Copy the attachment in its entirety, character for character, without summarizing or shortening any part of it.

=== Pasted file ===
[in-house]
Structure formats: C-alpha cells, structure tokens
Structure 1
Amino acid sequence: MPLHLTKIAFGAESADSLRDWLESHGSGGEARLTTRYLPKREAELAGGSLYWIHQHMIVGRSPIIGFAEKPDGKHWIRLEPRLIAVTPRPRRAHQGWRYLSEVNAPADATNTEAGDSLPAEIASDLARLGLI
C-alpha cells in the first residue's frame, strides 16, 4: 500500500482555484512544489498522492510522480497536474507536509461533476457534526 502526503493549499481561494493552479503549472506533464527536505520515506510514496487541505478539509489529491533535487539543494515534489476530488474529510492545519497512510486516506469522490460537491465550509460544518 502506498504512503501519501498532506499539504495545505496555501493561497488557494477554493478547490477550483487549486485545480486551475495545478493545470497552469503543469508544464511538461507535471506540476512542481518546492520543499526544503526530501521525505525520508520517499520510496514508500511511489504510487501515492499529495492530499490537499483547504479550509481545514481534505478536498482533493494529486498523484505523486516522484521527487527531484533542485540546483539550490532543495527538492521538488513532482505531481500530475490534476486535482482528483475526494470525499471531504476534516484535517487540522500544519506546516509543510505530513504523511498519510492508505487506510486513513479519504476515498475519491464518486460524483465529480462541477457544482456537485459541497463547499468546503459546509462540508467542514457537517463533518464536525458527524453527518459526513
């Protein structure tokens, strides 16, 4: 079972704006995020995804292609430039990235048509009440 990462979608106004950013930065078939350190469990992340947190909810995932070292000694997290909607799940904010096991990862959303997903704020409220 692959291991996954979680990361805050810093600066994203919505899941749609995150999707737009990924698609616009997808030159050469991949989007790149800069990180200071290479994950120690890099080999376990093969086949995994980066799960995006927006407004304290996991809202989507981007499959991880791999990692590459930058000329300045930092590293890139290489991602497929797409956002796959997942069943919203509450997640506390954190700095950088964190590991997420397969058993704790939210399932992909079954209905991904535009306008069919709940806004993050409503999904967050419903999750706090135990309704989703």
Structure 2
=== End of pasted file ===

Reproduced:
[in-house]
Structure formats: C-alpha cells, structure tokens
Structure 1
Amino acid sequence: MPLHLTKIAFGAESADSLRDWLESHGSGGEARLTTRYLPKREAELAGGSLYWIHQHMIVGRSPIIGFAEKPDGKHWIRLEPRLIAVTPRPRRAHQGWRYLSEVNAPADATNTEAGDSLPAEIASDLARLGLI
C-alpha cells in the first residue's frame, strides 16, 4: 500500500482555484512544489498522492510522480497536474507536509461533476457534526 502526503493549499481561494493552479503549472506533464527536505520515506510514496487541505478539509489529491533535487539543494515534489476530488474529510492545519497512510486516506469522490460537491465550509460544518 502506498504512503501519501498532506499539504495545505496555501493561497488557494477554493478547490477550483487549486485545480486551475495545478493545470497552469503543469508544464511538461507535471506540476512542481518546492520543499526544503526530501521525505525520508520517499520510496514508500511511489504510487501515492499529495492530499490537499483547504479550509481545514481534505478536498482533493494529486498523484505523486516522484521527487527531484533542485540546483539550490532543495527538492521538488513532482505531481500530475490534476486535482482528483475526494470525499471531504476534516484535517487540522500544519506546516509543510505530513504523511498519510492508505487506510486513513479519504476515498475519491464518486460524483465529480462541477457544482456537485459541497463547499468546503459546509462540508467542514457537517463533518464536525458527524453527518459526513
């Protein structure tokens, strides 16, 4: 079972704006995020995804292609430039990235048509009440 990462979608106004950013930065078939350190469990992340947190909810995932070292000694997290909607799940904010096991990862959303997903704020409220 692959291991996954979680990361805050810093600066994203919505899941749609995150999707737009990924698609616009997808030159050469991949989007790149800069990180200071290479994950120690890099080999376990093969086949995994980066799960995006927006407004304290996991809202989507981007499959991880791999990692590459930058000329300045930092590293890139290489991602497929797409956002796959997942069943919203509450997640506390954190700095950088964190590991997420397969058993704790939210399932992909079954209905991904535009306008069919709940806004993050409503999904967050419903999750706090135990309704989703």
Structure 2